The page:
In a recent article in Neurology, investigators examined whether switching or limiting overused medications impacted preventative therapy outcomes compared with maintaining medication use levels in patients with chronic migraine and medication overuse (CMMO). It was found that outcomes of preventative migraine treatments taken without altering other symptomatic medication overuse is not inferior to a regimen where the symptomatic medication is switched. These findings were based on reductions in moderate-to-severe headache days following treatment.

The Medication Overuse Treatment Strategy clinical trial randomized patients to migraine preventative medication with or without switching overused symptomatic medications to an alternative. The alternative medication was limited to 2 treatment days per week. The second group continued the overused medication with no limits. The frequency of moderate-to-severe headache days was assessed in weeks 9 to 12 and in weeks 1 to 2 after randomization.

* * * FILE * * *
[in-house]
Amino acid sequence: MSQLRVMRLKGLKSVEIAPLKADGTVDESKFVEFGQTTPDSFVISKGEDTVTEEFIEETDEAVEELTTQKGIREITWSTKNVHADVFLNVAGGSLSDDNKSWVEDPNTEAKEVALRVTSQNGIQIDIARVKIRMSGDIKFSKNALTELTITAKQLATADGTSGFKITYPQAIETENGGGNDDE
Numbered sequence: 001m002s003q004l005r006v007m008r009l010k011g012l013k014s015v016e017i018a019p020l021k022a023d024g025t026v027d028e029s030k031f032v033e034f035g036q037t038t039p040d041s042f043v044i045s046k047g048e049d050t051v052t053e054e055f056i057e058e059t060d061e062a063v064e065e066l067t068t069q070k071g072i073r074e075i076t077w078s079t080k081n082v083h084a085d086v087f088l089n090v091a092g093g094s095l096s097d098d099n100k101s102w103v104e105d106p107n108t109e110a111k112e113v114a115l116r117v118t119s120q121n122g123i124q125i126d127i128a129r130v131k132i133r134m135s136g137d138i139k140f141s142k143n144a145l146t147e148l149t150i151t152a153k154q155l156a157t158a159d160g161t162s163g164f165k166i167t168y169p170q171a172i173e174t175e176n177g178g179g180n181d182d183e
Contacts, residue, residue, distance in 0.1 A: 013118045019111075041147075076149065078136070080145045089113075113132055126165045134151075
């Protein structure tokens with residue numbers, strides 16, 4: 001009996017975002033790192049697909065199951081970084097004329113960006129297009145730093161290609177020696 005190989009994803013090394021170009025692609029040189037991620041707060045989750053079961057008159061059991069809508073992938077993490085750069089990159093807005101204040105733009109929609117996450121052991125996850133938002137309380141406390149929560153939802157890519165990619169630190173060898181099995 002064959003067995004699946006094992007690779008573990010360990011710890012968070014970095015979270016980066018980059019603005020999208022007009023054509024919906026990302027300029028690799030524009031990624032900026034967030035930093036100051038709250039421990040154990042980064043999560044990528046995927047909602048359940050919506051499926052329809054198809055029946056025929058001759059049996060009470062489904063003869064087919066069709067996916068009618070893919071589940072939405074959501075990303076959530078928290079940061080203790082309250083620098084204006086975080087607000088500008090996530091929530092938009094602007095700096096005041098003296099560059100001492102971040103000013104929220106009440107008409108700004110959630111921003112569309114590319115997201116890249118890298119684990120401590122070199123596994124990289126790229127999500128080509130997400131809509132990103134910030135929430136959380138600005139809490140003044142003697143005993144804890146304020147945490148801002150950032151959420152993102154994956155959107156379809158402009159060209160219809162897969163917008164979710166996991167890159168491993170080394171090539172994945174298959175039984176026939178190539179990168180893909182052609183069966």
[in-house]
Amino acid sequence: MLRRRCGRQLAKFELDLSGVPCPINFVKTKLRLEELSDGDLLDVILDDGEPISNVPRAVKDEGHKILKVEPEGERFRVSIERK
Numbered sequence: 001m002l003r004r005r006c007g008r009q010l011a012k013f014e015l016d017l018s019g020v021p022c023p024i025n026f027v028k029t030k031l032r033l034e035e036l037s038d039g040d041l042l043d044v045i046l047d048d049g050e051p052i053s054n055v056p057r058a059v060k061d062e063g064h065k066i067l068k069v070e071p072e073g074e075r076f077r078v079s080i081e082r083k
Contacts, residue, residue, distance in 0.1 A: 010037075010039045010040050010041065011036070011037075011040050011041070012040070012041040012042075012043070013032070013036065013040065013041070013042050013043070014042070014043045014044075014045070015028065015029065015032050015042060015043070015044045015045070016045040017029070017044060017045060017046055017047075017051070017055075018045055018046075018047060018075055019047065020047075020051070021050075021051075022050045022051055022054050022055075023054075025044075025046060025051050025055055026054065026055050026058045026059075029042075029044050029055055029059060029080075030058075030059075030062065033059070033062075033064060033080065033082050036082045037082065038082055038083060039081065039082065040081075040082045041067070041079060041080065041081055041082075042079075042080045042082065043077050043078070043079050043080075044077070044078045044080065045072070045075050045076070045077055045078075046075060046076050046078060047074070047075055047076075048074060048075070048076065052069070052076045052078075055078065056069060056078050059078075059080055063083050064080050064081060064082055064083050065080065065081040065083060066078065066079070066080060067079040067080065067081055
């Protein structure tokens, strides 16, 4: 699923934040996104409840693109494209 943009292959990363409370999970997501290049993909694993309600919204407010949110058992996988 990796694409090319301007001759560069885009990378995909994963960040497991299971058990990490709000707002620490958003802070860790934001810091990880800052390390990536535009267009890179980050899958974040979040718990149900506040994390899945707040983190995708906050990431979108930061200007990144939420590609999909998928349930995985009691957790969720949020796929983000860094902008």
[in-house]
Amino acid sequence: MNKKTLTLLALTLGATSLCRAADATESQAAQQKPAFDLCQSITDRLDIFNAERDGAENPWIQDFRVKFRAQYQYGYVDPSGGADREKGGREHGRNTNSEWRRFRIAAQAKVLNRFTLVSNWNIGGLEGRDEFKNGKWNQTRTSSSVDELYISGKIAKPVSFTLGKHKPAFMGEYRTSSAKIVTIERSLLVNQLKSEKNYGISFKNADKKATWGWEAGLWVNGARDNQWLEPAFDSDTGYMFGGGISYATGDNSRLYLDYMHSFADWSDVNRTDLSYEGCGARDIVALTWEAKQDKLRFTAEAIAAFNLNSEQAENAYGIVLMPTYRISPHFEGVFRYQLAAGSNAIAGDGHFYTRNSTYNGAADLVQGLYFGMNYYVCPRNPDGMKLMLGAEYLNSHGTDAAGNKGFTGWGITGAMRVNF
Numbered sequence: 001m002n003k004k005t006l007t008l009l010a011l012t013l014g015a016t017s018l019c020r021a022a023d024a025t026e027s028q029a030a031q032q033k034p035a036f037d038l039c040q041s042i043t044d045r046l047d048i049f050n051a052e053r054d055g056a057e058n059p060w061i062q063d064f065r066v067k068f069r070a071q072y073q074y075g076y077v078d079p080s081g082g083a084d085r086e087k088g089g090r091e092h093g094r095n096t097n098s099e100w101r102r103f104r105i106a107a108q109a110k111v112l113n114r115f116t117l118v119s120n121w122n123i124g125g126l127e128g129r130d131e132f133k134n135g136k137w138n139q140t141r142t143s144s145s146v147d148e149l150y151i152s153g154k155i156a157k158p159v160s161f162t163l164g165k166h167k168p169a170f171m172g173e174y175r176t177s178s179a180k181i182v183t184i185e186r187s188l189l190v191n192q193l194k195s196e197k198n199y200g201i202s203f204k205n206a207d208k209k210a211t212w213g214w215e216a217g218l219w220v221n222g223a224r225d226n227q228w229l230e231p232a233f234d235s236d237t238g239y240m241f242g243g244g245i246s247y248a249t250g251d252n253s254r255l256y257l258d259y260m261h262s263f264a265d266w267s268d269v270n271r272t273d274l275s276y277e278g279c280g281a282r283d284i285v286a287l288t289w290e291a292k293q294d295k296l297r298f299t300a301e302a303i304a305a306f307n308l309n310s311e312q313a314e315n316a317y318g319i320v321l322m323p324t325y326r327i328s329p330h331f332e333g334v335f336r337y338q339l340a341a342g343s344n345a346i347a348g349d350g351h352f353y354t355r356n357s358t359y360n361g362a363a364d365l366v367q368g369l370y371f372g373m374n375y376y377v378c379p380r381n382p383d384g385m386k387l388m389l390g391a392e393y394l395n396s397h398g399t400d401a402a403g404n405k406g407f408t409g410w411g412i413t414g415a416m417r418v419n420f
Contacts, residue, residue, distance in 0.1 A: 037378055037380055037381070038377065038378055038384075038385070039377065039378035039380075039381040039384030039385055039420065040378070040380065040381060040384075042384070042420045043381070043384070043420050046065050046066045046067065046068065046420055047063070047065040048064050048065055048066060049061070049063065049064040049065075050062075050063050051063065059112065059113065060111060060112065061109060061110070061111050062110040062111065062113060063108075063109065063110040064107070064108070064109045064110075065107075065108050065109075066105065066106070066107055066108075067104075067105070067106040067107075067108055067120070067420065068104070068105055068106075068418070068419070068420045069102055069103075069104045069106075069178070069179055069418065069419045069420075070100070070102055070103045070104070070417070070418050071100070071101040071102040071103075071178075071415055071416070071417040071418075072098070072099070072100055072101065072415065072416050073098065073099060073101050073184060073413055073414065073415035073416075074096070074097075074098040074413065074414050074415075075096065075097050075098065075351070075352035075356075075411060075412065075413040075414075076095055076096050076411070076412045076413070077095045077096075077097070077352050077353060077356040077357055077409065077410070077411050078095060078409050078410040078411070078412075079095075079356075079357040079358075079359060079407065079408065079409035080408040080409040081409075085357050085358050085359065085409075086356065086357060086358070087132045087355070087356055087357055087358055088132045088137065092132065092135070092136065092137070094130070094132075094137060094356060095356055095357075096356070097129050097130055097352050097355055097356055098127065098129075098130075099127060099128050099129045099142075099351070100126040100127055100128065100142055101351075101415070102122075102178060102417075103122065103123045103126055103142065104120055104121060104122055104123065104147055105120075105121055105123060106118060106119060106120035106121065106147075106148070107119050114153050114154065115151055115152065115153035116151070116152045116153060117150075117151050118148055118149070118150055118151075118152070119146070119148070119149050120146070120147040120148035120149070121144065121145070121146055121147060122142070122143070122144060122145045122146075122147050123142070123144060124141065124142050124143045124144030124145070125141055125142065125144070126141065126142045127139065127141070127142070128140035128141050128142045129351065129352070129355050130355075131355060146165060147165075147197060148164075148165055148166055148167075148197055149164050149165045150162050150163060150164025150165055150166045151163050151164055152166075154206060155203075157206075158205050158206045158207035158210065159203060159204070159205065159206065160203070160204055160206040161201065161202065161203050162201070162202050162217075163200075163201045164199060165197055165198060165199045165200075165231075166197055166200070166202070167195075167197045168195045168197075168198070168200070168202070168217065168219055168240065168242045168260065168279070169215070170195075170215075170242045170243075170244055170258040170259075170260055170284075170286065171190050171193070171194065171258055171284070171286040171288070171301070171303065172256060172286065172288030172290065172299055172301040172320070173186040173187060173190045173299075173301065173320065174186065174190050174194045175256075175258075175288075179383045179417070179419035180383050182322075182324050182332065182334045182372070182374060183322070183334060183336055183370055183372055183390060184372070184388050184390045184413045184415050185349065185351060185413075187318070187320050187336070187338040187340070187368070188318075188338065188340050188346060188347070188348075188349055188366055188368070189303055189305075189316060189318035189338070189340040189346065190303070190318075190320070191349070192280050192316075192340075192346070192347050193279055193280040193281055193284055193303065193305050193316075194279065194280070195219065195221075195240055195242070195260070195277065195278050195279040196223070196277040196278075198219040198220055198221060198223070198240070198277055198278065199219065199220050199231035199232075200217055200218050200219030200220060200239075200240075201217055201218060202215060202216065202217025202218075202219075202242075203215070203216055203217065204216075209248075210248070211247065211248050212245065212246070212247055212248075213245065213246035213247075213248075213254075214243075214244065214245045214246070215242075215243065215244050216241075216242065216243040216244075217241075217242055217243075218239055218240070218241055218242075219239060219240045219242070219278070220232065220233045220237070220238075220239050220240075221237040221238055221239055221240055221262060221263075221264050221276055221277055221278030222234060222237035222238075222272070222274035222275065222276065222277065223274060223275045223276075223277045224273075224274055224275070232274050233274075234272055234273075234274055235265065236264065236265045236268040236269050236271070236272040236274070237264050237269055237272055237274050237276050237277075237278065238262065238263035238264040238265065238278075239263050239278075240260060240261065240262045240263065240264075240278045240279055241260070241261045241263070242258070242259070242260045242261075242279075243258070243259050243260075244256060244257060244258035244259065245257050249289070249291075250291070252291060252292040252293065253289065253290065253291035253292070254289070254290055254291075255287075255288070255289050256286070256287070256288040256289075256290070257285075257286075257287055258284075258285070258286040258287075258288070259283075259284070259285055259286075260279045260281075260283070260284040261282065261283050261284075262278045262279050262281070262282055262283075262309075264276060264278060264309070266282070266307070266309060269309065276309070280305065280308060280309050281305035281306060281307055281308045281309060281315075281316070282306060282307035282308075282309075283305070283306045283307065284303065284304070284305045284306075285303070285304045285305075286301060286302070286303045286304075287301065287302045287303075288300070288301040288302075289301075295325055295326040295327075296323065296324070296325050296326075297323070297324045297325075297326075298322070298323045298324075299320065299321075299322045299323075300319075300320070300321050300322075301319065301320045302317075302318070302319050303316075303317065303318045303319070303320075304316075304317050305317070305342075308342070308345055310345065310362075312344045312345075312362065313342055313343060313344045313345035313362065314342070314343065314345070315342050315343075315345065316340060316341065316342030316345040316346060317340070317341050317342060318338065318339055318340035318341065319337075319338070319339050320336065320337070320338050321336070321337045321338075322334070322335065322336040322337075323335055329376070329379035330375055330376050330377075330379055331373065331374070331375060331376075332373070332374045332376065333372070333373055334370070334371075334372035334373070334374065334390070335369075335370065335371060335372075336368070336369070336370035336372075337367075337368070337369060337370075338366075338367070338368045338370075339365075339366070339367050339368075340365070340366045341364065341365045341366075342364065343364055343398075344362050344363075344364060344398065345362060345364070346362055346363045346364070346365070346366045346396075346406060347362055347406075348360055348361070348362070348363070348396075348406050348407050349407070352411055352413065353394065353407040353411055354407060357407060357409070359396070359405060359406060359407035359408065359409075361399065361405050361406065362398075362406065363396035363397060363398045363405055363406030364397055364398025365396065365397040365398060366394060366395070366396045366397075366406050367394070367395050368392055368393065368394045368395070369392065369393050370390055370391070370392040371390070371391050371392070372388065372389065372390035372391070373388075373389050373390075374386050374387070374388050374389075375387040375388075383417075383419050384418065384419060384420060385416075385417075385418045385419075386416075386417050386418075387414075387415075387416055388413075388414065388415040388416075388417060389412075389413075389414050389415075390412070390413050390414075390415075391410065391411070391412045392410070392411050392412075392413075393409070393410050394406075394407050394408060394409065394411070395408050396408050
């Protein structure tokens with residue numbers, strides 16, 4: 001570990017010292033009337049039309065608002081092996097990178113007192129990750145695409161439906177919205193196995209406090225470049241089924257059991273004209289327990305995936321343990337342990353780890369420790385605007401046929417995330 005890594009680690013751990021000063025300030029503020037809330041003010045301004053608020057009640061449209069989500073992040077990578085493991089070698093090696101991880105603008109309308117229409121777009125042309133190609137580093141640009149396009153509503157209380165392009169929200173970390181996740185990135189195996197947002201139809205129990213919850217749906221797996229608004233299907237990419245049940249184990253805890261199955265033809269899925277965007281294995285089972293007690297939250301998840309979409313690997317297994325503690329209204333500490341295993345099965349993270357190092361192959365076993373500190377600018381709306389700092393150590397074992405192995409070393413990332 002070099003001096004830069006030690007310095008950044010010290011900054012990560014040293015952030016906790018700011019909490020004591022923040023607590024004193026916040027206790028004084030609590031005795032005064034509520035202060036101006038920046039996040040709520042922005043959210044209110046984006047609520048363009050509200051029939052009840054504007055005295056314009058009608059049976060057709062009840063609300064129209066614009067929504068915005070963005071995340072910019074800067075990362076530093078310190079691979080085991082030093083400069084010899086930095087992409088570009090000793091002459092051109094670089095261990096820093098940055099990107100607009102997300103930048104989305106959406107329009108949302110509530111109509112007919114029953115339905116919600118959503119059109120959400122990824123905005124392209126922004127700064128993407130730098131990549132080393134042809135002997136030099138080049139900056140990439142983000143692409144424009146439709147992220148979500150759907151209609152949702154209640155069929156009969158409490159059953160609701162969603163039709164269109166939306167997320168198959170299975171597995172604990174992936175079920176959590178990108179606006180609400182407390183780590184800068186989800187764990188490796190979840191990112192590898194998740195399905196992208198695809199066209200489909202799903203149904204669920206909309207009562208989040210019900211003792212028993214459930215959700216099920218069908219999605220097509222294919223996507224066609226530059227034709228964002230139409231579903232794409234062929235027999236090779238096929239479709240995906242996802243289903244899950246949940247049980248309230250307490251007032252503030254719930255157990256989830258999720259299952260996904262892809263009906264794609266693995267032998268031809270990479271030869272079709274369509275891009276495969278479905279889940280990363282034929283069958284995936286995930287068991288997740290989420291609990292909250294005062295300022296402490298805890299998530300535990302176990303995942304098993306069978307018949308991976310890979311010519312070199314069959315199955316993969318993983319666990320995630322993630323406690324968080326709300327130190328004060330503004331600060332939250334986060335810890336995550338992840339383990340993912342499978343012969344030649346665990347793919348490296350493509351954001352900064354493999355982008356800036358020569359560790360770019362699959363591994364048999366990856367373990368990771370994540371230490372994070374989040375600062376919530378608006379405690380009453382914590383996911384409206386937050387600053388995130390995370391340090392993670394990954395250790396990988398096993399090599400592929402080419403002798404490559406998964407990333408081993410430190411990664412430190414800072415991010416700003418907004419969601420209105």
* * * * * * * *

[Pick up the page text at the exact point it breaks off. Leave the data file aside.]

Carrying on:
Among 720 participants, the baseline average number of headache days over 4 weeks was 22.5 (standard deviation [SD] 5.1), with 12.8 (SD 6.7) moderate-to-severe headache days and 21.4 (SD 5.8) days of symptomatic mediation use. The investigators observed that the non-medication switching group had noninferior results in moderate-to-severe headache day frequency during weeks 9 to 12 compared with the switching group (switching, 9.3 [SD 7.2] days vs no switching, 9.1 [SD 6.8] days; p = .75; 95% confidence interval  –1.0 to 1.3). Both groups also demonstrated “similar outcomes during the first 2 weeks.”

The authors presented their results to further inform ongoing debates on the best treatment strategy for patients with CMMO. Ultimately, in the context of reducing frequency of moderate-to-severe headache days, migraine preventative medication without switching or limiting overused symptomatic medication was comparable to protocols that switched and limited medications.